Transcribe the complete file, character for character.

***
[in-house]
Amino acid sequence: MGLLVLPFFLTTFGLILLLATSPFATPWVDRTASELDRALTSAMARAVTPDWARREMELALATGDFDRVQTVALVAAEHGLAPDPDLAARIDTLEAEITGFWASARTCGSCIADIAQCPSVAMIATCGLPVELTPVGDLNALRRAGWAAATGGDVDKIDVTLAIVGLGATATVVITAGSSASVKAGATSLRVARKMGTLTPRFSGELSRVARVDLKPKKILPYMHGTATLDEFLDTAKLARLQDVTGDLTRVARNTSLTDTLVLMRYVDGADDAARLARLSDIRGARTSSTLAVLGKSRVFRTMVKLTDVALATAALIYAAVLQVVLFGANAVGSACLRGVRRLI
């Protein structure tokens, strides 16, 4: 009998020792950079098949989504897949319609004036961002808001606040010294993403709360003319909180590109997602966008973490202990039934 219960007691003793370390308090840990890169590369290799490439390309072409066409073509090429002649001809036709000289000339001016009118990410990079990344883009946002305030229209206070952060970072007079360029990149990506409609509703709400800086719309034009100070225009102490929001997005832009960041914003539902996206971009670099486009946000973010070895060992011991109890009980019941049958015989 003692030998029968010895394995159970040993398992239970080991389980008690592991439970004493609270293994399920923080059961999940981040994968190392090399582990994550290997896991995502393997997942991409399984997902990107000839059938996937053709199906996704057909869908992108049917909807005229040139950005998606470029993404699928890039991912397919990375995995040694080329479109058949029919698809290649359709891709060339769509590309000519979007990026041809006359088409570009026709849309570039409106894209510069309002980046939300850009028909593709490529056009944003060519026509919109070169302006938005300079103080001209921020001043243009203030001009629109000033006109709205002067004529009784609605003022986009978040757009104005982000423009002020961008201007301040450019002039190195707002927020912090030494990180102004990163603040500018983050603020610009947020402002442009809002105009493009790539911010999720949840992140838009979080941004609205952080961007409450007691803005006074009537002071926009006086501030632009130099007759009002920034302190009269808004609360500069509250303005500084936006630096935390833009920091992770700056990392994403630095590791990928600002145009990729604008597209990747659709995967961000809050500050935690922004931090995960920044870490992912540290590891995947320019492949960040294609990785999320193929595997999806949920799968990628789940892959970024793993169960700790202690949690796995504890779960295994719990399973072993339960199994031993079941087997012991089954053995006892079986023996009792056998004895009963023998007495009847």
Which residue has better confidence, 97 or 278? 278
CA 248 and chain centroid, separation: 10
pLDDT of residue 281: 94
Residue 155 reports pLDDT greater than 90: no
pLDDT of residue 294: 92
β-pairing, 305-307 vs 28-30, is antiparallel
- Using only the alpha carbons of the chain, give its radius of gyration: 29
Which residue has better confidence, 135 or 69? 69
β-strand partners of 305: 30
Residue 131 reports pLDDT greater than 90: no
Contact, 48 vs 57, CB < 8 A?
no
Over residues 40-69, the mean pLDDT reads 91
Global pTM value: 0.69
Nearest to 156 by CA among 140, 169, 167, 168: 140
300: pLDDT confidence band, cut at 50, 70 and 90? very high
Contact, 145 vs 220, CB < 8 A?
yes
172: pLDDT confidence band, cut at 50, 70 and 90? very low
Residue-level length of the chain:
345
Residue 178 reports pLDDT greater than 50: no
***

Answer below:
[in-house]
Amino acid sequence: MGLLVLPFFLTTFGLILLLATSPFATPWVDRTASELDRALTSAMARAVTPDWARREMELALATGDFDRVQTVALVAAEHGLAPDPDLAARIDTLEAEITGFWASARTCGSCIADIAQCPSVAMIATCGLPVELTPVGDLNALRRAGWAAATGGDVDKIDVTLAIVGLGATATVVITAGSSASVKAGATSLRVARKMGTLTPRFSGELSRVARVDLKPKKILPYMHGTATLDEFLDTAKLARLQDVTGDLTRVARNTSLTDTLVLMRYVDGADDAARLARLSDIRGARTSSTLAVLGKSRVFRTMVKLTDVALATAALIYAAVLQVVLFGANAVGSACLRGVRRLI
């Protein structure tokens, strides 16, 4: 009998020792950079098949989504897949319609004036961002808001606040010294993403709360003319909180590109997602966008973490202990039934 219960007691003793370390308090840990890169590369290799490439390309072409066409073509090429002649001809036709000289000339001016009118990410990079990344883009946002305030229209206070952060970072007079360029990149990506409609509703709400800086719309034009100070225009102490929001997005832009960041914003539902996206971009670099486009946000973010070895060992011991109890009980019941049958015989 003692030998029968010895394995159970040993398992239970080991389980008690592991439970004493609270293994399920923080059961999940981040994968190392090399582990994550290997896991995502393997997942991409399984997902990107000839059938996937053709199906996704057909869908992108049917909807005229040139950005998606470029993404699928890039991912397919990375995995040694080329479109058949029919698809290649359709891709060339769509590309000519979007990026041809006359088409570009026709849309570039409106894209510069309002980046939300850009028909593709490529056009944003060519026509919109070169302006938005300079103080001209921020001043243009203030001009629109000033006109709205002067004529009784609605003022986009978040757009104005982000423009002020961008201007301040450019002039190195707002927020912090030494990180102004990163603040500018983050603020610009947020402002442009809002105009493009790539911010999720949840992140838009979080941004609205952080961007409450007691803005006074009537002071926009006086501030632009130099007759009002920034302190009269808004609360500069509250303005500084936006630096935390833009920091992770700056990392994403630095590791990928600002145009990729604008597209990747659709995967961000809050500050935690922004931090995960920044870490992912540290590891995947320019492949960040294609990785999320193929595997999806949920799968990628789940892959970024793993169960700790202690949690796995504890779960295994719990399973072993339960199994031993079941087997012991089954053995006892079986023996009792056998004895009963023998007495009847």
Which residue has better confidence, 97 or 278? 278
CA 248 and chain centroid, separation: 10
pLDDT of residue 281: 94
Residue 155 reports pLDDT greater than 90: no
pLDDT of residue 294: 92
β-pairing, 305-307 vs 28-30, is antiparallel
- Using only the alpha carbons of the chain, give its radius of gyration: 29
Which residue has better confidence, 135 or 69? 69
β-strand partners of 305: 30
Residue 131 reports pLDDT greater than 90: no
Contact, 48 vs 57, CB < 8 A?
no
Over residues 40-69, the mean pLDDT reads 91
Global pTM value: 0.69
Nearest to 156 by CA among 140, 169, 167, 168: 140
300: pLDDT confidence band, cut at 50, 70 and 90? very high
Contact, 145 vs 220, CB < 8 A?
yes
172: pLDDT confidence band, cut at 50, 70 and 90? very low
Residue-level length of the chain:
345
Residue 178 reports pLDDT greater than 50: no